Tuesday, September 18, 2018 - 6:30pm to 7:45pm

In August 2017, a team of four Carnegie astronomers provided humankind’s first-ever glimpse of two neutron stars colliding—opening the door to a new era of astronomy. Along with colleagues at UC Santa Cruz, Carnegie’s Anthony Piro, Josh Simon, Maria Drout, and Ben Shappee used the Swope Telescope at our Las Campanas Observatory to discover the light produced by the explosion, pinpointing the origin of a gravitational wave signal less than 11 hours after it was detected by the LIGO Collaboration. They followed the radioactive glow of the debris over the next few weeks, unlocking the secret of how some of the world’s most-valuable elements, such as gold and platinum, are created. Drs. Drout, Piro, and Shappee will walk us through their unforgettable night of discovery and update us on the science that their fast-thinking response has enabled over the past year.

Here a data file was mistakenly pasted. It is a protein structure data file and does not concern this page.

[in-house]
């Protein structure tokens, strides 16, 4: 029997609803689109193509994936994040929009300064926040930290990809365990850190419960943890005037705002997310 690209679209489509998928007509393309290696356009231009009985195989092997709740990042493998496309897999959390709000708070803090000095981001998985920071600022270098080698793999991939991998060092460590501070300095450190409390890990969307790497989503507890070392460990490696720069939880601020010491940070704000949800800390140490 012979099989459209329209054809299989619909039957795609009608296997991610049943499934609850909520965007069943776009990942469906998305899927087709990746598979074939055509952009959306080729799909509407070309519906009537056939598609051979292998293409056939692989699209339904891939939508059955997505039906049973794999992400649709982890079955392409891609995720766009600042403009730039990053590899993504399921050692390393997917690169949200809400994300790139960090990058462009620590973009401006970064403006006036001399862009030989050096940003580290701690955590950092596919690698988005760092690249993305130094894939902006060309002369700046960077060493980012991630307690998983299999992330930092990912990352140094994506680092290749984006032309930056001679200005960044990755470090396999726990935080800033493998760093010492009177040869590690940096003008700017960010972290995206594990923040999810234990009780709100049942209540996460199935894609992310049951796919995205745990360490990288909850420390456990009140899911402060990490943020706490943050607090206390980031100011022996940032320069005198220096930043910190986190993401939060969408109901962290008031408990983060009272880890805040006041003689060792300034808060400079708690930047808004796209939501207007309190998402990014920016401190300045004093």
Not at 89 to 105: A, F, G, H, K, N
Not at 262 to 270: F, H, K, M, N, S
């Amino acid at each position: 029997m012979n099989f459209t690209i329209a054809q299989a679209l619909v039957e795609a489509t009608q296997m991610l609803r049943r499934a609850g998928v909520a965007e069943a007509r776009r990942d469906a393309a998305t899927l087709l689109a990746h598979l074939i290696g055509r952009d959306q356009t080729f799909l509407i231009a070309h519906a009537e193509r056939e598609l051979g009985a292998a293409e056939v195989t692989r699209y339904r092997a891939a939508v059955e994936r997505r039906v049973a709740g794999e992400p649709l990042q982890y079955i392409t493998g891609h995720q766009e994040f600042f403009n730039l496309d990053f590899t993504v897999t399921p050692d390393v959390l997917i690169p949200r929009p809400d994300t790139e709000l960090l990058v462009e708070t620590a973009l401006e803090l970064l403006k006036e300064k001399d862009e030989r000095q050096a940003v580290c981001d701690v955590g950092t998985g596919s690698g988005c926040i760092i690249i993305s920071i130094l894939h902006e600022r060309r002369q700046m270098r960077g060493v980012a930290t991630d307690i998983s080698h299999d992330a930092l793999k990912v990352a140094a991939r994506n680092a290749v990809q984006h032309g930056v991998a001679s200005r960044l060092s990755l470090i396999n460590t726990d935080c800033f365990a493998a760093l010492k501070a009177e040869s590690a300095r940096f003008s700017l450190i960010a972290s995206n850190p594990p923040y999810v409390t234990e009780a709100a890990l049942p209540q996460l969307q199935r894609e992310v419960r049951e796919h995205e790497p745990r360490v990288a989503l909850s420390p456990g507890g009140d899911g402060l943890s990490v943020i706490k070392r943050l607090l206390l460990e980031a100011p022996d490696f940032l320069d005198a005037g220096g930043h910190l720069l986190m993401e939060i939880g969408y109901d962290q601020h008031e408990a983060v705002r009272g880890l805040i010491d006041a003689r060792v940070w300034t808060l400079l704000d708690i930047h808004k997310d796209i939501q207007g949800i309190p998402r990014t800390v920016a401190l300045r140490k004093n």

Dr. Maria Drout: Assistant Professor, Department of Astronomy & Astrophysics, University of Toronto; Research Associate, Carnegie Observatories, Carnegie Institution for Science
Dr. Anthony Piro: Staff Scientist, Carnegie Observatories, Carnegie Institution for Science
Dr. Ben Shappee: Assistant Professor, University of Hawaii

The conversation will be moderated by Observatories Director Dr. John Mulchaey. 

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